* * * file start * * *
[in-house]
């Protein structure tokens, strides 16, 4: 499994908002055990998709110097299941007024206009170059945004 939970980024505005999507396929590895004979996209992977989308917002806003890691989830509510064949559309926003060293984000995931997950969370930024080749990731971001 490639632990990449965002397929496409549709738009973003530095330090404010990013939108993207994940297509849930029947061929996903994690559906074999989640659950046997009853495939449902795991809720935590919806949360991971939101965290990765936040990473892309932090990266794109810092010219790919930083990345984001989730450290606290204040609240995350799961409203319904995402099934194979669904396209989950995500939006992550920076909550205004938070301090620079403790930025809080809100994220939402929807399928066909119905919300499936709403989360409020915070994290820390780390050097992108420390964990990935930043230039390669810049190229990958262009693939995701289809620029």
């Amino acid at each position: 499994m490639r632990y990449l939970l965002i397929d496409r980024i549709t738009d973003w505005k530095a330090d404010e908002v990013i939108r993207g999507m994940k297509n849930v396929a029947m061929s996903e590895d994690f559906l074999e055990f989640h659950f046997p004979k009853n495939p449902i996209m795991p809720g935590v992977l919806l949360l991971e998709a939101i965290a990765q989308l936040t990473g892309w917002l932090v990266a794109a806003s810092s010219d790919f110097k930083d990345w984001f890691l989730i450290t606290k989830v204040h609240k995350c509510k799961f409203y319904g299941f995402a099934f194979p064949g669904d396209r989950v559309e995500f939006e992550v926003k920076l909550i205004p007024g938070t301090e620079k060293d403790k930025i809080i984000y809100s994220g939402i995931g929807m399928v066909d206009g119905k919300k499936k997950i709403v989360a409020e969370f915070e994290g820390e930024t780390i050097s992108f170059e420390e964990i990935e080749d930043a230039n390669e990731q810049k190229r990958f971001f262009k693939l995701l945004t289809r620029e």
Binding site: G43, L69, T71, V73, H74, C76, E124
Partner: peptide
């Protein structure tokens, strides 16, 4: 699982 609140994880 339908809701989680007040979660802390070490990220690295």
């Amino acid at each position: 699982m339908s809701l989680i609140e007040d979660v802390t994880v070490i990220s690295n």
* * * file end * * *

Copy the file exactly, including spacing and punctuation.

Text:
[in-house]
């Protein structure tokens, strides 16, 4: 499994908002055990998709110097299941007024206009170059945004 939970980024505005999507396929590895004979996209992977989308917002806003890691989830509510064949559309926003060293984000995931997950969370930024080749990731971001 490639632990990449965002397929496409549709738009973003530095330090404010990013939108993207994940297509849930029947061929996903994690559906074999989640659950046997009853495939449902795991809720935590919806949360991971939101965290990765936040990473892309932090990266794109810092010219790919930083990345984001989730450290606290204040609240995350799961409203319904995402099934194979669904396209989950995500939006992550920076909550205004938070301090620079403790930025809080809100994220939402929807399928066909119905919300499936709403989360409020915070994290820390780390050097992108420390964990990935930043230039390669810049190229990958262009693939995701289809620029």
């Amino acid at each position: 499994m490639r632990y990449l939970l965002i397929d496409r980024i549709t738009d973003w505005k530095a330090d404010e908002v990013i939108r993207g999507m994940k297509n849930v396929a029947m061929s996903e590895d994690f559906l074999e055990f989640h659950f046997p004979k009853n495939p449902i996209m795991p809720g935590v992977l919806l949360l991971e998709a939101i965290a990765q989308l936040t990473g892309w917002l932090v990266a794109a806003s810092s010219d790919f110097k930083d990345w984001f890691l989730i450290t606290k989830v204040h609240k995350c509510k799961f409203y319904g299941f995402a099934f194979p064949g669904d396209r989950v559309e995500f939006e992550v926003k920076l909550i205004p007024g938070t301090e620079k060293d403790k930025i809080i984000y809100s994220g939402i995931g929807m399928v066909d206009g119905k919300k499936k997950i709403v989360a409020e969370f915070e994290g820390e930024t780390i050097s992108f170059e420390e964990i990935e080749d930043a230039n390669e990731q810049k190229r990958f971001f262009k693939l995701l945004t289809r620029e």
Binding site: G43, L69, T71, V73, H74, C76, E124
Partner: peptide
């Protein structure tokens, strides 16, 4: 699982 609140994880 339908809701989680007040979660802390070490990220690295």
């Amino acid at each position: 699982m339908s809701l989680i609140e007040d979660v802390t994880v070490i990220s690295n």